Lundin, Eva
    Umeå University, Faculty of Medicine, Department of Medical Biosciences, Pathology.
    Hedman, Håkan
    Umeå University, Faculty of Medicine, Department of Radiation Sciences, Oncology.
    Lindquist, David
    Umeå University, Faculty of Medicine, Department of Radiation Sciences, Oncology.
    LRIG1‑2 and LMO7 immunoreactivity in vulvar squamous cell carcinoma: association with prognosis in relation to HPV‑DNA and p16INK4a status2019In: Oncology Reports, ISSN 1021-335X, E-ISSN 1791-2431, Vol. 42, no 1, p. 142-150Article in journal (Refereed)
    Abstract [en]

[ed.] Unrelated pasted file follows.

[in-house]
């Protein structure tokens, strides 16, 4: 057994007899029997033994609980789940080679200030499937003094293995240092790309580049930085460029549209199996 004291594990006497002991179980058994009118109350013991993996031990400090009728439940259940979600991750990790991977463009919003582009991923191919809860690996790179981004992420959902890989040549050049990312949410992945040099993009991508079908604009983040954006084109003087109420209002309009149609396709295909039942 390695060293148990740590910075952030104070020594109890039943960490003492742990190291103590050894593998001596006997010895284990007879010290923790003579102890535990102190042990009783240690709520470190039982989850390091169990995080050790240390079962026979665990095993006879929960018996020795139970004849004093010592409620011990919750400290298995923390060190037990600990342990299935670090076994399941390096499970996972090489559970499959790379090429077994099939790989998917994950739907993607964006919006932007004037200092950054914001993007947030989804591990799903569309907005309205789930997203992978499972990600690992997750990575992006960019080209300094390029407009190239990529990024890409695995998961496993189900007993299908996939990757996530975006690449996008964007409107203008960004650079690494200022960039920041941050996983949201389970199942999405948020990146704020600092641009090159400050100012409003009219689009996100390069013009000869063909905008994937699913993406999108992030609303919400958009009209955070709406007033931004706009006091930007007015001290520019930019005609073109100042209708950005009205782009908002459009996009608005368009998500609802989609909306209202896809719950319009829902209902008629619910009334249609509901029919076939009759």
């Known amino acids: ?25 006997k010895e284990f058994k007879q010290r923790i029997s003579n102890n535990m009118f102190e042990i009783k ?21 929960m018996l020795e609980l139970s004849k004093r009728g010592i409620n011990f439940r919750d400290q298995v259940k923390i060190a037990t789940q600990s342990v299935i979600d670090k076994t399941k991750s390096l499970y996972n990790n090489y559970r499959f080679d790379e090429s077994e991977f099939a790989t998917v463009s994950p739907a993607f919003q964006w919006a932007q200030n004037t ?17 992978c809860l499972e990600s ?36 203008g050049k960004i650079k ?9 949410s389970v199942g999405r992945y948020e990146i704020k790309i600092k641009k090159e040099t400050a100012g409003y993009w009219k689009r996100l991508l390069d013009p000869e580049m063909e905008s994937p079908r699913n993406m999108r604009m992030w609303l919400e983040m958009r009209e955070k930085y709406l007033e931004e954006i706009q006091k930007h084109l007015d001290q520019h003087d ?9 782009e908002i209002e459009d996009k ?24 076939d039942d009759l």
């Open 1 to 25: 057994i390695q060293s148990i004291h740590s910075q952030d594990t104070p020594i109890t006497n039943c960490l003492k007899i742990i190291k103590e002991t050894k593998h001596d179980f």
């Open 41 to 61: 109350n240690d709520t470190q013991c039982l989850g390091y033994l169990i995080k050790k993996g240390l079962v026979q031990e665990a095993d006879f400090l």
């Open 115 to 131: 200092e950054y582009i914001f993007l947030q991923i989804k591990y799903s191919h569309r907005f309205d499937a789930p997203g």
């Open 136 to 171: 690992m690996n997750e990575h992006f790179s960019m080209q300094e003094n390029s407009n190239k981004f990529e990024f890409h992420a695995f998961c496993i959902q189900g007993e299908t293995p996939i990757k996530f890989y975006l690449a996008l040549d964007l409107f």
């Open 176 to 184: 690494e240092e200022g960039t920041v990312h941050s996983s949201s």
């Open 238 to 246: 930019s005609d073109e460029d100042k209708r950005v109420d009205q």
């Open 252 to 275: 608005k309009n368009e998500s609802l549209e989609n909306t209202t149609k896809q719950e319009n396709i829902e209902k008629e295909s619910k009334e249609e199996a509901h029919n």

The present study was conducted to investigate the possible prognostic value of molecular markers LRIG1‑2 and LIM domain 7 protein (LMO7) in vulvar squamous cell carcinoma (VSCC) and their possible correlation to human papilloma virus (HPV)‑ and p16INK4a‑status of the tumors. Patients diagnosed with VSCC at the University Hospital of Umeå, Sweden, during the years 1990‑2013 were selected. Tumor blocks were retrieved from tissue archives and clinical data were collected from the records of patients. HPV‑PCR analysis, HPV genotyping and immunohistochemistry were performed. In total, 112 patients were included. Forty percent of the tumors were HPV‑positive, 27% were p16INK4a‑positive and 23% were positive for both HPV and p16INK4a (considered HPV‑driven). HPV‑positivity and p16INK4a‑positivity were associated with prolonged disease‑free survival (DFS) in Kaplan‑Meier survival analysis. Leucine‑rich repeats and immunoglobulin‑like domains 1 (LRIG1) immunoreactivity was not significantly associated with survival. High leucine‑rich repeats and immunoglobulin‑like domains 2 (LRIG2) immunoreactivity was associated with a prolonged overall survival (OS) (P=0.001). By analyzing HPV‑negative cases only, it was determined that high LRIG2 immunoreactivity was associated with both favorable OS (P=0.008) and DFS (P=0.031). LRIG2 immunoreactivity was also an independent prognostic factor in multivariate analysis of OS (P=0.002, HR=0.41; 95% CI, 0.24‑0.71). High immunoreactivity with LMO7‑1250 antibody was associated with survival benefits in the whole cohort (OS; P=0.011) although DFS was only prolonged in HPV‑negative and not HPV‑driven tumors (P=0.038 and 0.042, respectively). The present study indicated that LRIG2 and LMO7 may be useful prognostic markers in VSCC, particularly for patients without HPV‑driven tumors or with advanced tumors at diagnosis. In contrast to earlier observations regarding other types of squamous cell carcinoma, LRIG1 was not a significant prognostic factor in VSCC.